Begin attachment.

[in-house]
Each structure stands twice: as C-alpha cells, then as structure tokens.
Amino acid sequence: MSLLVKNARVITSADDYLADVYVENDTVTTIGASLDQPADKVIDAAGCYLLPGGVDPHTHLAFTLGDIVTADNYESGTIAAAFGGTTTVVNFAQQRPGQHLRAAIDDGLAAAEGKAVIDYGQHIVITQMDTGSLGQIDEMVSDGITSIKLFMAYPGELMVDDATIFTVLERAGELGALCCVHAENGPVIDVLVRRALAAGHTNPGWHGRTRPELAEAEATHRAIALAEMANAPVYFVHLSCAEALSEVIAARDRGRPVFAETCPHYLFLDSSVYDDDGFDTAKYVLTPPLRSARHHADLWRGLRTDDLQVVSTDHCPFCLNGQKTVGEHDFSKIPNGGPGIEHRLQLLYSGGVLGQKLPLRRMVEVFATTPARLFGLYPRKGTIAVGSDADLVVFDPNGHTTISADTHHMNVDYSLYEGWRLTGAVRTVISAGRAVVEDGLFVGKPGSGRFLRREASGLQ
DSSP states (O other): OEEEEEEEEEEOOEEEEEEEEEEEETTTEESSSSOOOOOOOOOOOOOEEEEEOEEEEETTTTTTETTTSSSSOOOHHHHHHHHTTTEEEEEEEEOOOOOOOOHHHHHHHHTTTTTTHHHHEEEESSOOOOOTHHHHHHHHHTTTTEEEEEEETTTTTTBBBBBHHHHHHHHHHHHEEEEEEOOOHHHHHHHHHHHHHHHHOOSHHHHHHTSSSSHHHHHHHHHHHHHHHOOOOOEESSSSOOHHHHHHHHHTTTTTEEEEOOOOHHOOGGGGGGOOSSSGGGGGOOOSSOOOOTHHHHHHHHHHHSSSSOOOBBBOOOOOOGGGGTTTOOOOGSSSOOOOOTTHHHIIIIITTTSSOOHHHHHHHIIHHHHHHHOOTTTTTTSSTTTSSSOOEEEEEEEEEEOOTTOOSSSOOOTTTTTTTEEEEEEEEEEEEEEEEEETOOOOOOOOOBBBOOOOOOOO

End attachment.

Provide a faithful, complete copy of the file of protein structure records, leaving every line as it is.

[in-house]
Each structure stands twice: as C-alpha cells, then as structure tokens.
Amino acid sequence: MSLLVKNARVITSADDYLADVYVENDTVTTIGASLDQPADKVIDAAGCYLLPGGVDPHTHLAFTLGDIVTADNYESGTIAAAFGGTTTVVNFAQQRPGQHLRAAIDDGLAAAEGKAVIDYGQHIVITQMDTGSLGQIDEMVSDGITSIKLFMAYPGELMVDDATIFTVLERAGELGALCCVHAENGPVIDVLVRRALAAGHTNPGWHGRTRPELAEAEATHRAIALAEMANAPVYFVHLSCAEALSEVIAARDRGRPVFAETCPHYLFLDSSVYDDDGFDTAKYVLTPPLRSARHHADLWRGLRTDDLQVVSTDHCPFCLNGQKTVGEHDFSKIPNGGPGIEHRLQLLYSGGVLGQKLPLRRMVEVFATTPARLFGLYPRKGTIAVGSDADLVVFDPNGHTTISADTHHMNVDYSLYEGWRLTGAVRTVISAGRAVVEDGLFVGKPGSGRFLRREASGLQ
DSSP states (O other): OEEEEEEEEEEOOEEEEEEEEEEEETTTEESSSSOOOOOOOOOOOOOEEEEEOEEEEETTTTTTETTTSSSSOOOHHHHHHHHTTTEEEEEEEEOOOOOOOOHHHHHHHHTTTTTTHHHHEEEESSOOOOOTHHHHHHHHHTTTTEEEEEEETTTTTTBBBBBHHHHHHHHHHHHEEEEEEOOOHHHHHHHHHHHHHHHHOOSHHHHHHTSSSSHHHHHHHHHHHHHHHOOOOOEESSSSOOHHHHHHHHHTTTTTEEEEOOOOHHOOGGGGGGOOSSSGGGGGOOOSSOOOOTHHHHHHHHHHHSSSSOOOBBBOOOOOOGGGGTTTOOOOGSSSOOOOOTTHHHIIIIITTTSSOOHHHHHHHIIHHHHHHHOOTTTTTTSSTTTSSSOOEEEEEEEEEEOOTTOOSSSOOOTTTTTTTEEEEEEEEEEEEEEEEEETOOOOOOOOOBBBOOOOOOOO